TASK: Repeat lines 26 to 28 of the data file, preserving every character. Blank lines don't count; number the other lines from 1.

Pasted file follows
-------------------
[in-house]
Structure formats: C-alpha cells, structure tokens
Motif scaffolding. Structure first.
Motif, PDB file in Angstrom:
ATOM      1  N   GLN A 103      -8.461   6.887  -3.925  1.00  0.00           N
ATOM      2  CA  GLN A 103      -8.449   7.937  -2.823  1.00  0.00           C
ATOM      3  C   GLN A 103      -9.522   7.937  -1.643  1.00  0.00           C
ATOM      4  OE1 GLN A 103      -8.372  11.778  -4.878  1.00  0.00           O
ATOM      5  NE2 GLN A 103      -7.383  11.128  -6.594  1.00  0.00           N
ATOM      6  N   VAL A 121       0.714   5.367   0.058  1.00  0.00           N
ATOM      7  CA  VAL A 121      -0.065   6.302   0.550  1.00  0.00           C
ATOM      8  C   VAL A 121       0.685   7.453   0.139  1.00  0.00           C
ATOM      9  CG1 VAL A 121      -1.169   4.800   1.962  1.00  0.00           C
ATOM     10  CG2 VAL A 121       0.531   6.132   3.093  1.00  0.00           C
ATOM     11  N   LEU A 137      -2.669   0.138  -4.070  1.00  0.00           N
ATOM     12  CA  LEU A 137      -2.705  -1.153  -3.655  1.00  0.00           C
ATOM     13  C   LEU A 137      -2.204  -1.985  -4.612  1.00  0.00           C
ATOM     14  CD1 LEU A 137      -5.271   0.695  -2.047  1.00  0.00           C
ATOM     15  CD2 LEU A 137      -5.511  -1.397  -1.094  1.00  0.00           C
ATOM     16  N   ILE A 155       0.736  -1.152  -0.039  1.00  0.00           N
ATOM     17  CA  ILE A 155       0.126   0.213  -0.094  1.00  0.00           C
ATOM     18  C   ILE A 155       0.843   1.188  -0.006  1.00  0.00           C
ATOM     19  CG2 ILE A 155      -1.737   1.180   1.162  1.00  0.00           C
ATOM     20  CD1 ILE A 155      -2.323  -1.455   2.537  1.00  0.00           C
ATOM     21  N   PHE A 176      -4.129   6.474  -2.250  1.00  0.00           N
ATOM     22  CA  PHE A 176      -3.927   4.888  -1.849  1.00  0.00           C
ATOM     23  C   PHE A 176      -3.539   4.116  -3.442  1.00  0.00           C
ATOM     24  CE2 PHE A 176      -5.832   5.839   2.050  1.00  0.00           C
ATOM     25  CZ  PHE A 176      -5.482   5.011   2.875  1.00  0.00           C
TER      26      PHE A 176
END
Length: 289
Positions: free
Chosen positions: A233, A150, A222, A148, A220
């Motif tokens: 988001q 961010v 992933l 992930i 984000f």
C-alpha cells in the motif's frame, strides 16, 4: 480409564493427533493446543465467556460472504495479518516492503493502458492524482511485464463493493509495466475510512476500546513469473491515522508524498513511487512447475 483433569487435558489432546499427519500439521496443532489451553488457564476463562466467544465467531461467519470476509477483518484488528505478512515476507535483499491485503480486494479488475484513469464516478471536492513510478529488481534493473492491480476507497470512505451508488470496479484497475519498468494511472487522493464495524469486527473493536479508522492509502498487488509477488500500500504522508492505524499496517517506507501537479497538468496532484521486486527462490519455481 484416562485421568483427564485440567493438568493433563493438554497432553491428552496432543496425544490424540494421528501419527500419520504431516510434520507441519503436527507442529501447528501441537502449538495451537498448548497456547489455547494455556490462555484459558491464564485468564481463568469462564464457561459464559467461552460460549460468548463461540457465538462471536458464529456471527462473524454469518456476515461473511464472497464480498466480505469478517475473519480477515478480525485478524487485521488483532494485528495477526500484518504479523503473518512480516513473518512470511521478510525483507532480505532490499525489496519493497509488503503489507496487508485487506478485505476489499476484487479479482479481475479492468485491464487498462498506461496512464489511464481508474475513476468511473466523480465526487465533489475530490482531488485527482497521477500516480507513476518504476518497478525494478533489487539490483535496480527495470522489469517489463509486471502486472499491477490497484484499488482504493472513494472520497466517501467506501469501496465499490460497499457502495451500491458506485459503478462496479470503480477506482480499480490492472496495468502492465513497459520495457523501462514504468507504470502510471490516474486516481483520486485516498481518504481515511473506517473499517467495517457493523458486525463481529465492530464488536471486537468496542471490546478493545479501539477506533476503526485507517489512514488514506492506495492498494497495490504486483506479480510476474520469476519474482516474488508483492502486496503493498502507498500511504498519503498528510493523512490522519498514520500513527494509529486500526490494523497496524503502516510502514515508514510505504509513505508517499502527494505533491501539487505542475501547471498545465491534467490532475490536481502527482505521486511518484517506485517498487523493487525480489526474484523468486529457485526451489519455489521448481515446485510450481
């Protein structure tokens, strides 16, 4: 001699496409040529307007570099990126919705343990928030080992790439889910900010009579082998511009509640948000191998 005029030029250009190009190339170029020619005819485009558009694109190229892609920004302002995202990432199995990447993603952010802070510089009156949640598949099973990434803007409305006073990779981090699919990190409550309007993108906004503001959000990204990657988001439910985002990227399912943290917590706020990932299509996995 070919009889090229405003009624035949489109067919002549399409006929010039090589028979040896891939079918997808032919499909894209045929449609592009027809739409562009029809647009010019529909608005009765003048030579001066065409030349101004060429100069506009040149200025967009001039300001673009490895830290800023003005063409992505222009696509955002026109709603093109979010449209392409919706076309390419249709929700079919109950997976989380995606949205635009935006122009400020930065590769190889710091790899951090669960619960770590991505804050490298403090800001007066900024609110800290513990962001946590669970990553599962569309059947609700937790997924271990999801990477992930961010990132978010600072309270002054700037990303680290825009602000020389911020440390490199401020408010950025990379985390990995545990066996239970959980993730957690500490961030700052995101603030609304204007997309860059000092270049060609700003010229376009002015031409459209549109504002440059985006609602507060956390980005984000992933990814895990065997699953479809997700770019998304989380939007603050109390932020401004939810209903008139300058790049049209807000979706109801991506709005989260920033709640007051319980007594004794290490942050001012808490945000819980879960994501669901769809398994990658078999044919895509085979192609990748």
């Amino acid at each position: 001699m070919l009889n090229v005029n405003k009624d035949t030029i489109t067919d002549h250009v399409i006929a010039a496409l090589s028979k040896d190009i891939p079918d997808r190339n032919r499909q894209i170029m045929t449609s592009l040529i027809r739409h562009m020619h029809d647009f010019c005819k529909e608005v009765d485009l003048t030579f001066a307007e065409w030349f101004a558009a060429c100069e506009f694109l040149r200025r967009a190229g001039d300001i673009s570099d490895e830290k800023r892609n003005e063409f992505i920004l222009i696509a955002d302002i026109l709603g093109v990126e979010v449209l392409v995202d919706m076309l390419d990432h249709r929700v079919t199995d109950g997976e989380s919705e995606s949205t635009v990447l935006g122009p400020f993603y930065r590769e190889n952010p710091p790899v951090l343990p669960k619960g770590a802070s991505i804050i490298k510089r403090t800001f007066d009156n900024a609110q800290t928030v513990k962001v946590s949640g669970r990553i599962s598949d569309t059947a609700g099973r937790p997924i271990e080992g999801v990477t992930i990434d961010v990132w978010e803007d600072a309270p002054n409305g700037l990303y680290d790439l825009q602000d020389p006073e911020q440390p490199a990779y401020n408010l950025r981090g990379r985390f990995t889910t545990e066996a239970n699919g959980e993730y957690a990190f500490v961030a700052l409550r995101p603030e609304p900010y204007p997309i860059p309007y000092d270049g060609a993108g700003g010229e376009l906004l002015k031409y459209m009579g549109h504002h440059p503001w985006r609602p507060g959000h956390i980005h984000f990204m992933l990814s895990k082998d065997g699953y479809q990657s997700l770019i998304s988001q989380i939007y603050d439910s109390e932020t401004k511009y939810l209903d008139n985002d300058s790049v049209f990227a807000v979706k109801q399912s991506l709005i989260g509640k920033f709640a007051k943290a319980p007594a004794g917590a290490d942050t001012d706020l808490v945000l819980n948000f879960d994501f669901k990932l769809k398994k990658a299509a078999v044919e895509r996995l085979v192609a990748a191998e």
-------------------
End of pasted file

ATOM     22  CA  PHE A 176      -3.927   4.888  -1.849  1.00  0.00           C
ATOM     23  C   PHE A 176      -3.539   4.116  -3.442  1.00  0.00           C
ATOM     24  CE2 PHE A 176      -5.832   5.839   2.050  1.00  0.00           C